More Clearwire shareholders are adding their voice to the ever growing number of investors asking Sprint to raise its bid for the company, following Dish Network's higher -- albeit unsolicited -- offer.
Glenview Capital Management plans to reject Sprint's current bid of $2.97 per share, which was capped by Softbank, an investment company that's seeking to take a majority stake in the carrier. Another Clearwire investor, Taran Asset Management, will file a complaint with the U.S. Federal Communications Commission (FCC), arguing that the mobile broadband company is worth more than Sprint's offer, according to Bloomberg, which cited unnamed sources.
Sprint already owns just more than half of Clearwire and wants to buy the rest of the company, but Dish Network offered a bid of $3.30 per share.
Sprint argues that its $2.97 bid is "superior," because its existing stake in the company means a deal is assured. However, Dish argues that because the Sprint-Clearwire buyout depends on the Sprint-Softbank deal -- in which the Japanese cellular giant made a bid to buy 70 percent of Sprint for $20.1 billion -- Dish's offer is simpler and easier to complete, and doesn't rely on other deals to stump enough cash to make it work.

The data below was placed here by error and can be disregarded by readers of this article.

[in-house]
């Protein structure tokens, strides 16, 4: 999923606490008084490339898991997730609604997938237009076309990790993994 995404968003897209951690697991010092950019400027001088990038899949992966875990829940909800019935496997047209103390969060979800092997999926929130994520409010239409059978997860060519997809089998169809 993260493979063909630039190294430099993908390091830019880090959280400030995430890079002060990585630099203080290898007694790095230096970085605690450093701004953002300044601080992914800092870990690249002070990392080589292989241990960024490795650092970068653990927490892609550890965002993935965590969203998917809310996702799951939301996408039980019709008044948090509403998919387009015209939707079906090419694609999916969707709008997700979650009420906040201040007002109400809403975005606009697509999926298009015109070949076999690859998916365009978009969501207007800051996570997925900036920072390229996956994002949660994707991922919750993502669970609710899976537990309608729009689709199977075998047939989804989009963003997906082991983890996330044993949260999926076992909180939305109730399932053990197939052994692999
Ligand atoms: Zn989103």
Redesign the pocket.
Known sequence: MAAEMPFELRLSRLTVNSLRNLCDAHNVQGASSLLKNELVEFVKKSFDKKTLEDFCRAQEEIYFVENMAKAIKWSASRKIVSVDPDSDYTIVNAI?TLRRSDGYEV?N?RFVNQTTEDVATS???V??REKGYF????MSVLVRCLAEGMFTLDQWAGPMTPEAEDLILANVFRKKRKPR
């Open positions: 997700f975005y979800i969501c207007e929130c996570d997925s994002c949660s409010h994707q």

On Thursday,in an effort to try to pause the review of the Sprint-Softbank deal, knowing that should the regulator delay its decision or ultimately decide the deal shouldn't go ahead, Sprint could be forced to drop its bid to buy the rest of Clearwire's shares, allowing Dish to move in.
For now, according to Bloomberg, Clearwire has made no decision on Sprint's offer but said it would keep its options open regarding Dish's bid. Clearwire has also said that complications regarding its ongoing relationship with Sprint make it difficult to weigh other offers.
An external PR spokesman for Clearwire said the company isn't commenting on the Bloomberg report.
Updated 4:33 p.m. PT:Added comment from a spokesman for Clearwire.